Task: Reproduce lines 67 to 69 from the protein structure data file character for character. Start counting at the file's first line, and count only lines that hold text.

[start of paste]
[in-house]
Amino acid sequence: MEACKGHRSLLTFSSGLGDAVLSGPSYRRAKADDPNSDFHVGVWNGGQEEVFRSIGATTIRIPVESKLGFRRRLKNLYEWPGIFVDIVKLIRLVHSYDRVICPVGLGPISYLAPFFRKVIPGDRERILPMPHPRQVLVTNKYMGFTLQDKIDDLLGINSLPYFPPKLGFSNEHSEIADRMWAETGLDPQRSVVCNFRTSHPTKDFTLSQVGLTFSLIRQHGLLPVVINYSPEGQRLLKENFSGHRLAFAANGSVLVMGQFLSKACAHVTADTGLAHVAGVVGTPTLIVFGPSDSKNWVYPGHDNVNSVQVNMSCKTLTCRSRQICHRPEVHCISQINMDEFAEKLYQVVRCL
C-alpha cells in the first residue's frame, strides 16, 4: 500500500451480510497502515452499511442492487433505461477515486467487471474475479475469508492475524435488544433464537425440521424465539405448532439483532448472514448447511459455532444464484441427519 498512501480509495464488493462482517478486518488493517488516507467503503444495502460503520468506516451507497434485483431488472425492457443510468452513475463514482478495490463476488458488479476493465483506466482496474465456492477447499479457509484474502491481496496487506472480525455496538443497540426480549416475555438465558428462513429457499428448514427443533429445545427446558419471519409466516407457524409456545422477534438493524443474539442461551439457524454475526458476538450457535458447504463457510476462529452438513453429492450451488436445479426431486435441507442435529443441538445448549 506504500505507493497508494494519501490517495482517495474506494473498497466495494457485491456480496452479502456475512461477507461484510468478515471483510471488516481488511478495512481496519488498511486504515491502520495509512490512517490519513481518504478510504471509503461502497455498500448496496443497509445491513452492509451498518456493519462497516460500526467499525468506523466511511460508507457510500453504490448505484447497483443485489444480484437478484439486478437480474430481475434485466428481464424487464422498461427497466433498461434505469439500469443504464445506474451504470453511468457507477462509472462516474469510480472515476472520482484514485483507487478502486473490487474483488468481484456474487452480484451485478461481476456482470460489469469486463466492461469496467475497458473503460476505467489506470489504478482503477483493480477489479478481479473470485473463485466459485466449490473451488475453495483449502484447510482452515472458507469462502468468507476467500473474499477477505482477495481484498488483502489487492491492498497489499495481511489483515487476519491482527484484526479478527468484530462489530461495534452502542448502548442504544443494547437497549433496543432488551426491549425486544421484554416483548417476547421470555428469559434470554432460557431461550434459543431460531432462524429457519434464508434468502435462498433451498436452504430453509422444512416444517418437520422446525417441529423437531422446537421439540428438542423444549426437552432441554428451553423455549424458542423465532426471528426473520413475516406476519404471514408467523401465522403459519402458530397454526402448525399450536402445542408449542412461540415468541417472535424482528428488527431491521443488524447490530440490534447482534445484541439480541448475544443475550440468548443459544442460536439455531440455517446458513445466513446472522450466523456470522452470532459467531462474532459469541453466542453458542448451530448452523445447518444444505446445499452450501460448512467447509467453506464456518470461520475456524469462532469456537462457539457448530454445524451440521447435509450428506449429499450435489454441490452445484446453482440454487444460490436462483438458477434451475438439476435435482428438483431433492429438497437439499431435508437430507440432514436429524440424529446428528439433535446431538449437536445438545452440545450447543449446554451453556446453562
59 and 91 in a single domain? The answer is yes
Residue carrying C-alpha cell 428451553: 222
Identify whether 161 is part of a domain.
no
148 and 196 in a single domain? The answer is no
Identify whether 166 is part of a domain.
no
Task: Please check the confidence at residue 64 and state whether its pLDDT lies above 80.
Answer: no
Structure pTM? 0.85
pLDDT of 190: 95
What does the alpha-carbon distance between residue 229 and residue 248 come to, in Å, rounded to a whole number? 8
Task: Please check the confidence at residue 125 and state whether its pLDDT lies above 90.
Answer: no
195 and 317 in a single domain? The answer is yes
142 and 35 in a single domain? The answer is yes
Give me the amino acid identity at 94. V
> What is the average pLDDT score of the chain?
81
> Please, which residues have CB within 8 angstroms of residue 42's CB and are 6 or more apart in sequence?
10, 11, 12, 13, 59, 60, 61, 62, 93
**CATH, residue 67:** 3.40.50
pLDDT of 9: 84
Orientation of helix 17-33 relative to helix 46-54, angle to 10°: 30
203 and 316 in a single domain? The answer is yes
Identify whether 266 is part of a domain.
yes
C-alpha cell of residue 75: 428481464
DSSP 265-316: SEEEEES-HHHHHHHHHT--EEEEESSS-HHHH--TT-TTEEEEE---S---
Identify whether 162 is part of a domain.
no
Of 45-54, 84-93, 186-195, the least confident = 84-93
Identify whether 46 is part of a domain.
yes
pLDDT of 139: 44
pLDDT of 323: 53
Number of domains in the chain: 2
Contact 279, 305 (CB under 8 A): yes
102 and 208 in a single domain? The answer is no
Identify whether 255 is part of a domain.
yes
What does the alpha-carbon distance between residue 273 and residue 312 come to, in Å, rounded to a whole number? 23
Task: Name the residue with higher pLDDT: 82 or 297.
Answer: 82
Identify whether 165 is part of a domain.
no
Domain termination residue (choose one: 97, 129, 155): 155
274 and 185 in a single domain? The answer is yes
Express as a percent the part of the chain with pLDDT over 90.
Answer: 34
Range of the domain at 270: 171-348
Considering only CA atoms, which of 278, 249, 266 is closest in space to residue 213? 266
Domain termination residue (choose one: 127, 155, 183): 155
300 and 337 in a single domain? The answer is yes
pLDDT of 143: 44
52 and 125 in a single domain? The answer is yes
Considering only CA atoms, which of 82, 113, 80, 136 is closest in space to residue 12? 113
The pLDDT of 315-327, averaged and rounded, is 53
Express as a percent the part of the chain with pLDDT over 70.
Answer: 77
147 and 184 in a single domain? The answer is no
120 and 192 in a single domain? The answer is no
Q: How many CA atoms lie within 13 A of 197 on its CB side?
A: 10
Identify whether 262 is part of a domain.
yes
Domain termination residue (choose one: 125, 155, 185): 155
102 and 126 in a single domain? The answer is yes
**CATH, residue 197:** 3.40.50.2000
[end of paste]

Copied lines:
A: 10
Identify whether 262 is part of a domain.
yes